Park It or Post It: ATLBadParking

An anonymous Instagram account calls out bad parking at AHS.

ATLBadParking is an account on Instagram that sheds a light on bad parking.

Bennett Whetstone

ATLBadParking is an account on Instagram that sheds a light on bad parking.

Bennett Whetstone

Endlessly scrolling social media is a common way for many students to use their free time. Tiktok, Snapchat, and Instagram are all effortless time-wasting platforms, as the millions of accounts lead to limitless amounts of content. Recently, a new account appeared on Instagram with the purpose of pointing out examples of bad parking at AHS, appropriately named ‘atlbadparking.’

The account first posted on Sept. 29, 2021, and depicted a student’s vehicle parked inches away from the rear bumper of another vehicle. With the caption poking fun at the closeness between these cars, the humor of the account was recognized by many students. Twenty-seven users liked this post and it remains the least liked of eight posts. The account quickly grew in popularity as people enjoyed the content, and the owner created a post soon after to capitalize on this newfound success.

Featured as the main focus in the first post, sophomore Nick Bennett originally found out about atlbadparking because the account followed him on Instagram. Bennett said being in the first post was a “very positive” experience. “People might bring up this Instagram account and I’ll say ‘Oh I was the first person posted on that’ and they go ‘Really?’ and I go ‘Yes.’ I really think this has added some new clout to my resume.” He enjoys seeing the account on his feed and “gives it a chuckle” whenever it pops up. 

The negatives would be all dependent on the owner of the account taking advantage of a bad situation, but it really comes down to the account staying true to what it does best and pointing out funny user errors.”

— Nick Bennett

He thinks the account is a positive and humorous view on parking and believes there are a few negatives that go with these posts. “The negatives would be all dependent on the owner of the account taking advantage of a bad situation, but it really comes down to the account staying true to what it does best and pointing out funny user errors.”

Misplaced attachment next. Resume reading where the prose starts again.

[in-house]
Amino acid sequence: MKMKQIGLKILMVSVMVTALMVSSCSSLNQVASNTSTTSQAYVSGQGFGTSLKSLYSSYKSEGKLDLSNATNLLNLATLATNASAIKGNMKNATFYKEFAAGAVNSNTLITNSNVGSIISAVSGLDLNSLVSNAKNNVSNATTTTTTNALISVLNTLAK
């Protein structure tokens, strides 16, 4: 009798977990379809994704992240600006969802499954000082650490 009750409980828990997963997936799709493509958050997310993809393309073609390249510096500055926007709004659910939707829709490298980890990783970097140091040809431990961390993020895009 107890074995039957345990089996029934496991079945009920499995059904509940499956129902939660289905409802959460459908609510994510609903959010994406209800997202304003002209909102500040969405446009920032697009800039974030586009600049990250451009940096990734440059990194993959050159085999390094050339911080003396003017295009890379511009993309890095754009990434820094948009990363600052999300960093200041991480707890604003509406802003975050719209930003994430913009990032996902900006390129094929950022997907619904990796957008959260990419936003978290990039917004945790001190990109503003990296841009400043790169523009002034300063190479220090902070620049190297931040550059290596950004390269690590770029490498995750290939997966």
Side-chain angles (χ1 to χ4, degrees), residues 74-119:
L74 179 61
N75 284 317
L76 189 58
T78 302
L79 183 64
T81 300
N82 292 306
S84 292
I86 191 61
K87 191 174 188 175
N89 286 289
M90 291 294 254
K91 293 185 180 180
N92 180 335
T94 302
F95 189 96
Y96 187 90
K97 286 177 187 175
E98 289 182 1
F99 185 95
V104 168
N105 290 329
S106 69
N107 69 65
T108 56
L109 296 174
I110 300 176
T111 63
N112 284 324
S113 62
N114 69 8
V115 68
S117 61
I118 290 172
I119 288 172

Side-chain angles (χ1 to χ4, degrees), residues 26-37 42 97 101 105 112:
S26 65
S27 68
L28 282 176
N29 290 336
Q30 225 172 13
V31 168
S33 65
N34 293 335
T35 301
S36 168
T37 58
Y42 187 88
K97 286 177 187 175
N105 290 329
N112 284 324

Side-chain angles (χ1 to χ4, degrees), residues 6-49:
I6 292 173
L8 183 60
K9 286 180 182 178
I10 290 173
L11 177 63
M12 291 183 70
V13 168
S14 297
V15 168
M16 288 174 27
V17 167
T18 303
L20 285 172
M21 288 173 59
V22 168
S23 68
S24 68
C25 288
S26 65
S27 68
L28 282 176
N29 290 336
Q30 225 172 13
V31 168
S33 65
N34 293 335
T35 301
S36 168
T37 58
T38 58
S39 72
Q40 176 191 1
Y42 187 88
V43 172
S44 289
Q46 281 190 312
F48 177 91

Junior Reese DeArment’s first experience with this account is very similar to Bennett’s, as she was in the first post too. Like Bennett, she discovered the account because it followed her on Instagram. She thought the first post was “really funny because I would always make fun of Nick for how close he would get to my car.” DeArment also thinks that this account is a good thing because, unlike previous Atlantic High Instagram accounts, people “understand that this account is a joke.”  

The images posted are not acquired only by the owner of the account, as many people submit pictures of bad parking hoping for them to be posted. Sophomore Alex Sonntag submitted a picture to the account that was later featured in a post. “I noticed a truck that was perpendicular and thought of atlbadparking, so I snagged a picture and sent it to the account.” Around two days after he sent the image to the account, it was posted on Oct. 21. There were no messages exchanged between the two, and Sonntag was not credited with the picture.  

Not all pictures that get submitted end up being posted though. Junior Edria Brummer, like Bennett and DeArment both, initially discovered this account when it followed her on Instagram. The owner of the account messaged Brummer about her feelings on parking. She has had previous trouble in the parking lot this year and was worried that she would end up in a post. “Sometimes I do park a little bad, so I just want to know if I ever get put on there.” She has yet to be featured in a post. 

I believe the owner is you. The account is wonderful and the owner should post more often.”

— Nathan Keiser

There is a certain mystery to this account, as the owner is unconfirmed. There are many rumors as to who the creator of the account might be, and talks of who might be posting these pictures can be heard occasionally throughout the school day. Many names are thrown out when the creator is brought up. Bennett believes the owner must “be someone funny and clever,” and suspects that senior Drew Engler may be behind the posts. DeArment and Brummer both suspect junior Nathan Keiser of being the creator. When asked about the ownership of the account, Keiser said “I believe the owner is you. The account is wonderful and the owner should post more often.” Not all people have a certain suspect in mind though, as Sonntag has “no clue” who the owner is.